The Trump administration will once again withdraw an exclusion it had previously granted to two-sided solar panels, after determining “the bifacial solar panel exclusion is undermining the objectives” of the Section 201 tariffs placed on solar cells and modules in January 2018. The U.S. Trade Representative published the withdrawal notice in the Federal Register on Friday.

The move would eliminate the uncertainty surrounding the exemption — which had been instituted, withdrawn and reestablished over the course of several months last year — but it’s sure to be met with opposition from some segments of the solar industry.

The exclusion for bifacial panels, one of two the U.S. Trade Representative (USTR) granted to the solar tariffs, set off a tussle within the solar industry when it was established in June 2019. Companies that had invested in U.S. manufacturing plants in the wake of the Section 201 tariffs, such as Hanwha Q Cells, and an original petitioner of the tariffs, Suniva, opposed the exclusion, arguing it helped internationally manufactured panels undercut domestically produced product. The vast majority of bifacial panels are made outside the U.S.  

But the industry’s largest U.S. trade group, the Solar Energy Industries Association, has contended the exclusion provides vital support to a budding technology.  

Just before the administration withdrew the bifacial exemption in October, developer Invenergy Renewables filed a legal challenge arguing that the USTR hadn’t allowed for proper comment or notice prior to the withdrawal. In December, the U.S. Court of International Trade sided with Invenergy, allowing the exclusion to stand. In January, the administration restarted the process by requesting comment on the future of the exclusion. The court must lift its injunction for the withdrawal to apply.   

Though two-sided solar panels represent a small proportion of those used in U.S. solar installations to date, they are quickly becoming the norm for some developers. BP-backed solar developer Lightsource, for instance, has used the technology in all its projects since mid-2019. By 2022, IHS Markit forecasts bifacial modules will make up one-third of worldwide production.

In the shorter term, SEIA told Greentech Media, the industry viewed the exclusion as a means to cope with an “acute shortage” of domestic panels available to U.S. utility-scale projects.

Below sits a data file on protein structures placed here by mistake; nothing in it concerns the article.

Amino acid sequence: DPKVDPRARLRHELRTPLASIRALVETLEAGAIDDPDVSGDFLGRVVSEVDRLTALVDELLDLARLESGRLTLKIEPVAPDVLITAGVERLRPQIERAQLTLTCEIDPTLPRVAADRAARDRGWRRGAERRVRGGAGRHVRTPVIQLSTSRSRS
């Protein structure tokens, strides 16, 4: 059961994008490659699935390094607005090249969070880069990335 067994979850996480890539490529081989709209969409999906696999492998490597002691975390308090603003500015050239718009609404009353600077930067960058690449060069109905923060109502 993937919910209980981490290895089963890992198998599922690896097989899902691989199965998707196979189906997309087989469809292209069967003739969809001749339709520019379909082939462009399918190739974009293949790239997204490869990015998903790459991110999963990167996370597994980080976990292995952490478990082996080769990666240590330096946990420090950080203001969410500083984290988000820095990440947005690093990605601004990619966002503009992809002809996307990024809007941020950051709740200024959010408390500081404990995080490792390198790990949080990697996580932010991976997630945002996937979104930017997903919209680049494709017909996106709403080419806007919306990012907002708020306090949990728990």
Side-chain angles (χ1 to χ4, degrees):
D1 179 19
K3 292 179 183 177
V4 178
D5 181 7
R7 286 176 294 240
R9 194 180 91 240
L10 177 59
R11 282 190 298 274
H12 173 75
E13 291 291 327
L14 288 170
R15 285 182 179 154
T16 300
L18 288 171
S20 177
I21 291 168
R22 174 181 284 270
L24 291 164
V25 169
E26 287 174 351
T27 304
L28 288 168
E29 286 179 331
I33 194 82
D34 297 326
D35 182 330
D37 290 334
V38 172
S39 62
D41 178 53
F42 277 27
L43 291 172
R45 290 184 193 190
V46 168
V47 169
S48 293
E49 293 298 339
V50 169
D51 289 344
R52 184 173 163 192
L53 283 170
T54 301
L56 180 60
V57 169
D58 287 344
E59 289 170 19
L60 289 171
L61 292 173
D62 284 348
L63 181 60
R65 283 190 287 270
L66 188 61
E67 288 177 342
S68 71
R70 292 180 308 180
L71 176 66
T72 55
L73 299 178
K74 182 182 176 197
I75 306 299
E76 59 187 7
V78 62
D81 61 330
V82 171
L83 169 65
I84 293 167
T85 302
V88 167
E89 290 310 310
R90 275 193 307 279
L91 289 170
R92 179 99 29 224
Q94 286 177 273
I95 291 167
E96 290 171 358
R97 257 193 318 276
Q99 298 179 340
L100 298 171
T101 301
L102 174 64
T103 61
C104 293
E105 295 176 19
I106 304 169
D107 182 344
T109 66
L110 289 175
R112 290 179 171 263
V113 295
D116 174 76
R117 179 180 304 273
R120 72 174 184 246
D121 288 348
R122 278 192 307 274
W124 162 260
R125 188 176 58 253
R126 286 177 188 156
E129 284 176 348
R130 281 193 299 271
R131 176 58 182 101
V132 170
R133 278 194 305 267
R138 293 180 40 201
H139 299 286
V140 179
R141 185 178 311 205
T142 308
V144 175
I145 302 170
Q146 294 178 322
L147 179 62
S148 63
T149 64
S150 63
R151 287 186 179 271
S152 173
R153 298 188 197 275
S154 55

“Throughout this process, the solar industry has sought to find a middle-ground solution that addressed this shortage in a way that did not undermine the objectives of the underlying Section 201 safeguard measure,” said John Smirnow, general counsel and vice president of market strategy at the trade group, in an emailed statement.

But the USTR suggested the exemption could provide undue momentum for the technology as it’s already growing in popularity. 

“Bifacial panels are projected to gain a large share of total demand in the coming years due to their power-generation advantages and relative cost-competitiveness with monofacial panels — particularly the price advantage that the bifacial exclusion conferred upon them,” states the USTR order. “Accordingly…the bifacial exclusion (a) likely will result in substantial increases in imports of bifacial panels, and (b) that these products likely will compete with domestically produced solar products in the U.S. market.”

The administration also argued the exclusion disincentivized domestic production of bifacial solar panels. In the wake of the Section 201 tariffs, companies opened up five module manufacturing facilities in the U.S., amounting to 3 gigawatts of capacity. None of the facilities produce bifacial panels on a significant scale.

SEIA said Friday it would continue to pursue litigation related to the exclusion. If additional legal challenges follow, the fight over the exclusion could last as long as the tariffs themselves, which are currently slated to end in 2022. In February, the U.S. International Trade Commission sent a midterm review of the tariffs’ impact to the president. It’s now up to Trump to decide whether to modify the duties.

This story has been updated with comment from SEIA related to litigation.